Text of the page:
The updated suspension system uses a single-shock and steel swingarm design instead of the previous generation’s dual-shock rear end.
The rear shock attaches to an all-new steel swingarm that is three inches wider than the prior model and features a brace. Aschenbach said Honda’s testing wanted to balance the swingarm rigidity with allowing the machine to flex a little bit so it could track straight and true – keep its line straight and solid. The rear axle is enclosed in an axle housing for added durability.
Up front, the Foreman has new front shocks that are also adjustable for preload. They offer 6.7 inches of travel and were designed to offer an improved ride comfort (added plushness) especially at the initial part of the stroke.
The suspension still has a more biased towards utility than sportiness.
The entire suspension package is an improvement over the previous generations just for the preload adjustability alone, but it was also more comfortable. We found that the suspension still felt more utility orientated than sporty, but was supple enough to smooth out the harshness of a trail. The shocks are especially important for those who plan to use the Foreman as, well, a foreman. With a combined rack capacity of 199 pounds (66 front and 133 rear), the Honda’s preload adjustable suspension will help it work more effectively despite the somewhat conservative number. In rugged, rocky terrain or when riding sporty, the suspension will be fully used as will the 7.6 inches of ground clearance.
“One of the things Honda has always stood by is that our rating is conservative,” Aschenbach explained. “We may have a number like 66/133 and that’s something we feel is the safe limit for still maintaining all our handling and stability standards. It’s possible to up the rack cargo capacities to what often times is maybe an unrealistic number — and I think some of the manufacturers unfortunately do to lure people on the sales floor — and creates something that doesn’t meet our internal Honda engineering standards.”
And when it comes to chores and hauling weight on the racks, Honda addressed that by beefing up the Foreman’s front brakes. Disc brakes up front increased in size from 180mm to 196mm “Along with the increased size, were increasing the brake capacities. It will stop with a full load of towing and a full load of rack capacity and will not have a soft brake feel,” Aschenbach stated. However, the rear drum configuration remains because Honda said its stopping power has proven to be effective.
Tires are important for work and play and the new Honda wears new 25-inch Maxxis tires (25 x 8 -12 front 25 x 10-12 rear). Aschenbach stated that this tire was an exclusive design made for Honda and features a balance between the right comfort, stiffer sidewall for work capabilities and the right traction for overall durability. We ran the tire in creeks, on hard pack, rutted turns and in aggressive power slides and were pleased with it.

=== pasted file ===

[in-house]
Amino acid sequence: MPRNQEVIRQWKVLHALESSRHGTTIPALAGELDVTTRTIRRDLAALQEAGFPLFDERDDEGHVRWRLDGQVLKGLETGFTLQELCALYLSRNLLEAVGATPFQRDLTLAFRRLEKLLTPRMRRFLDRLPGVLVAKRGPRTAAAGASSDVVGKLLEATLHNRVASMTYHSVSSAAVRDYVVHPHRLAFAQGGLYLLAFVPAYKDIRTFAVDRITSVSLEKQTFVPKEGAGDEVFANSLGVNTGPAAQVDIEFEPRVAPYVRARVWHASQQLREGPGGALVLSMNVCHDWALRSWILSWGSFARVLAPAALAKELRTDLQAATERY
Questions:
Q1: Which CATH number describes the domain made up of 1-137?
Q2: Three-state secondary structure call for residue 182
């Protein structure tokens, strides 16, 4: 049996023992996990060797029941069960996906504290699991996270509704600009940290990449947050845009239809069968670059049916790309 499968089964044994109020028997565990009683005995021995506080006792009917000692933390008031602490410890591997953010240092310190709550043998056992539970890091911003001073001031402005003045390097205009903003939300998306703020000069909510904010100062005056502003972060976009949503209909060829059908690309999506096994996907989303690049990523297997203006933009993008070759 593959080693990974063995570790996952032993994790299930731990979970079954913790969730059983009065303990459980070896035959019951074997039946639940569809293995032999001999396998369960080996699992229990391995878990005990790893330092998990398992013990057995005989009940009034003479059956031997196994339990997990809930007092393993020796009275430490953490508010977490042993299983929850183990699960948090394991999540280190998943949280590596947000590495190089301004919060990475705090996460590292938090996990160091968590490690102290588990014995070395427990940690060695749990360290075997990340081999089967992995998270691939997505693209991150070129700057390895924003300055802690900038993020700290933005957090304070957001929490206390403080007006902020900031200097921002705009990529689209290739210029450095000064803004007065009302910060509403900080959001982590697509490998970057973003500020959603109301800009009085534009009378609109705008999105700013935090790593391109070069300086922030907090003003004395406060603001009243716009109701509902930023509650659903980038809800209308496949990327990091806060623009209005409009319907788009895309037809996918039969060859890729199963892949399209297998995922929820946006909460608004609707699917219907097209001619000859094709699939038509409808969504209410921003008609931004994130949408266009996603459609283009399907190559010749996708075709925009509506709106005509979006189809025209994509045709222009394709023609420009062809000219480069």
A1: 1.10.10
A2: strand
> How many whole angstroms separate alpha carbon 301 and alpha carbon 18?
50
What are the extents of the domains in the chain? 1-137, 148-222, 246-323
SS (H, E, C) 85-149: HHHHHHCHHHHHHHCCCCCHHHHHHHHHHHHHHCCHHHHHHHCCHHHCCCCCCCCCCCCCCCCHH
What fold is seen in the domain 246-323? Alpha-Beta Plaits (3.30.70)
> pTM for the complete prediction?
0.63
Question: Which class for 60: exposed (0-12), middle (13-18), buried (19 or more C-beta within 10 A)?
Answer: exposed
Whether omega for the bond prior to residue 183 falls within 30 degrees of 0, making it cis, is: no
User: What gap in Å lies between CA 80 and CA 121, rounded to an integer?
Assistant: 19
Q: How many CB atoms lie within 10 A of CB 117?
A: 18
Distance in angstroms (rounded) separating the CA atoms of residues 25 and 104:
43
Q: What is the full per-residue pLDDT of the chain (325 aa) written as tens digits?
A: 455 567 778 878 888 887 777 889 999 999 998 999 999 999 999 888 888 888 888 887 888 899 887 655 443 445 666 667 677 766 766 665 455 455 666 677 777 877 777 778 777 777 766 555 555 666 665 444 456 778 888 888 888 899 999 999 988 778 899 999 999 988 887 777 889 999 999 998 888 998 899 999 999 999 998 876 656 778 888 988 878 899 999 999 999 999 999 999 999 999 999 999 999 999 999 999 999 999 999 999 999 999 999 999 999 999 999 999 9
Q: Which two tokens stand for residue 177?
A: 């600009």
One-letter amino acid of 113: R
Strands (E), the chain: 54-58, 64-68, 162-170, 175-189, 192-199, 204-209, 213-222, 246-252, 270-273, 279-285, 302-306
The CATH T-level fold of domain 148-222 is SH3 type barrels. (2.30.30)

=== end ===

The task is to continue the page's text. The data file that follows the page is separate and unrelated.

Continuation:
The Foreman’s new 25-inch Maxxis tires were exclusively designed for Honda.
Handling on the Honda was improved by the addition of electronic power steering (as an upgrade) to the lineup. Although Honda ATVs have never been difficult or overly heavy to steer, EPS lightens the task, especially in rough situations, long rides or in working situations. This is especially true for those who use their machine for one-hand, slow-speed working situations (wand sprayers for example). However, it was much appreciated while playing in the rocky climbs during our test session. The Foreman is very predictable and mostly stable even when pushed to its limits. We never felt out of control on the Honda nor did we have to overcompensate to ride it aggressively. Sometimes, we could entice the outer rear wheel to lift off the ground during hard cornering, but the quad remained controllable.
Ergomics and Appearance
One of the tasks of the engineering team behind the Foreman was to improve the ergonomics of the rider triangle (handlebars/peg/seat). For 2012, the Honda widened and raised the Foreman’s bars to produce a more comfortable feel and riding impression. Even more noticeable than the bars, is the 4×4’s new facade and front fascia. “Appearance went from a sport-utility look to a more aggressive look with new bodywork, higher stance and wider stance,” said Aschenbach. “It definitely gives the machine a lot bigger, tougher look.” He also mentioned the Foreman has more wheel clearance, improved mud and splash protection and is larger than either the Rubicon or the Rancher ATVs. A softer seat material and feel was meant to add comfort yet not sacrifice durability and also improved the ride triangle. Add these changes in the full floorboards and a rider feels both comfortable and protected.